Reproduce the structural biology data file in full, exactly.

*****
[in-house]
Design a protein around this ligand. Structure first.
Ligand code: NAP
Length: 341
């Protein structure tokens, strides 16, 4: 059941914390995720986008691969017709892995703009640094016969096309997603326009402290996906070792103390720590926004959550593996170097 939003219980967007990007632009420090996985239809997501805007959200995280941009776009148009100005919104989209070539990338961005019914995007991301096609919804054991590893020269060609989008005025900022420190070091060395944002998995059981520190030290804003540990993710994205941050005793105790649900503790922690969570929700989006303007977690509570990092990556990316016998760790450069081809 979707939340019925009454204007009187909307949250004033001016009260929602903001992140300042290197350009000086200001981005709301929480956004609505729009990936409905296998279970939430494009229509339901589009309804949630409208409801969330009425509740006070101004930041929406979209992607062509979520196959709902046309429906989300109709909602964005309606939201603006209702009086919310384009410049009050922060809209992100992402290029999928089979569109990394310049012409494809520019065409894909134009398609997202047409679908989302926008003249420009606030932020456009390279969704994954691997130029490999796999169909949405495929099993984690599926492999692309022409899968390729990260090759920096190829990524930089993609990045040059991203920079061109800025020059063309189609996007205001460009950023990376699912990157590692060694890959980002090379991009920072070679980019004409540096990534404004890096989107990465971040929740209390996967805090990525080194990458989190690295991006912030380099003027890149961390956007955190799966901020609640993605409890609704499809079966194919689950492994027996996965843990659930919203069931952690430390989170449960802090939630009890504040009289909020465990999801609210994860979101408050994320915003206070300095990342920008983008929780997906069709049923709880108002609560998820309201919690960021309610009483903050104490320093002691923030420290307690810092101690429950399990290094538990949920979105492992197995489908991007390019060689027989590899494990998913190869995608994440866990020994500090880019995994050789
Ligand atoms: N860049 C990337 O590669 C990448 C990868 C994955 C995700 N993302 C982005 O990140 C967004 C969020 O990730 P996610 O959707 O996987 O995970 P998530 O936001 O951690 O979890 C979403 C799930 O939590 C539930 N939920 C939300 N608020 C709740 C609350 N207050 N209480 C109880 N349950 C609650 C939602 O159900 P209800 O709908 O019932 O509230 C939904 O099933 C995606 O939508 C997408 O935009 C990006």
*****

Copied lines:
[in-house]
Design a protein around this ligand. Structure first.
Ligand code: NAP
Length: 341
């Protein structure tokens, strides 16, 4: 059941914390995720986008691969017709892995703009640094016969096309997603326009402290996906070792103390720590926004959550593996170097 939003219980967007990007632009420090996985239809997501805007959200995280941009776009148009100005919104989209070539990338961005019914995007991301096609919804054991590893020269060609989008005025900022420190070091060395944002998995059981520190030290804003540990993710994205941050005793105790649900503790922690969570929700989006303007977690509570990092990556990316016998760790450069081809 979707939340019925009454204007009187909307949250004033001016009260929602903001992140300042290197350009000086200001981005709301929480956004609505729009990936409905296998279970939430494009229509339901589009309804949630409208409801969330009425509740006070101004930041929406979209992607062509979520196959709902046309429906989300109709909602964005309606939201603006209702009086919310384009410049009050922060809209992100992402290029999928089979569109990394310049012409494809520019065409894909134009398609997202047409679908989302926008003249420009606030932020456009390279969704994954691997130029490999796999169909949405495929099993984690599926492999692309022409899968390729990260090759920096190829990524930089993609990045040059991203920079061109800025020059063309189609996007205001460009950023990376699912990157590692060694890959980002090379991009920072070679980019004409540096990534404004890096989107990465971040929740209390996967805090990525080194990458989190690295991006912030380099003027890149961390956007955190799966901020609640993605409890609704499809079966194919689950492994027996996965843990659930919203069931952690430390989170449960802090939630009890504040009289909020465990999801609210994860979101408050994320915003206070300095990342920008983008929780997906069709049923709880108002609560998820309201919690960021309610009483903050104490320093002691923030420290307690810092101690429950399990290094538990949920979105492992197995489908991007390019060689027989590899494990998913190869995608994440866990020994500090880019995994050789
Ligand atoms: N860049 C990337 O590669 C990448 C990868 C994955 C995700 N993302 C982005 O990140 C967004 C969020 O990730 P996610 O959707 O996987 O995970 P998530 O936001 O951690 O979890 C979403 C799930 O939590 C539930 N939920 C939300 N608020 C709740 C609350 N207050 N209480 C109880 N349950 C609650 C939602 O159900 P209800 O709908 O019932 O509230 C939904 O099933 C995606 O939508 C997408 O935009 C990006």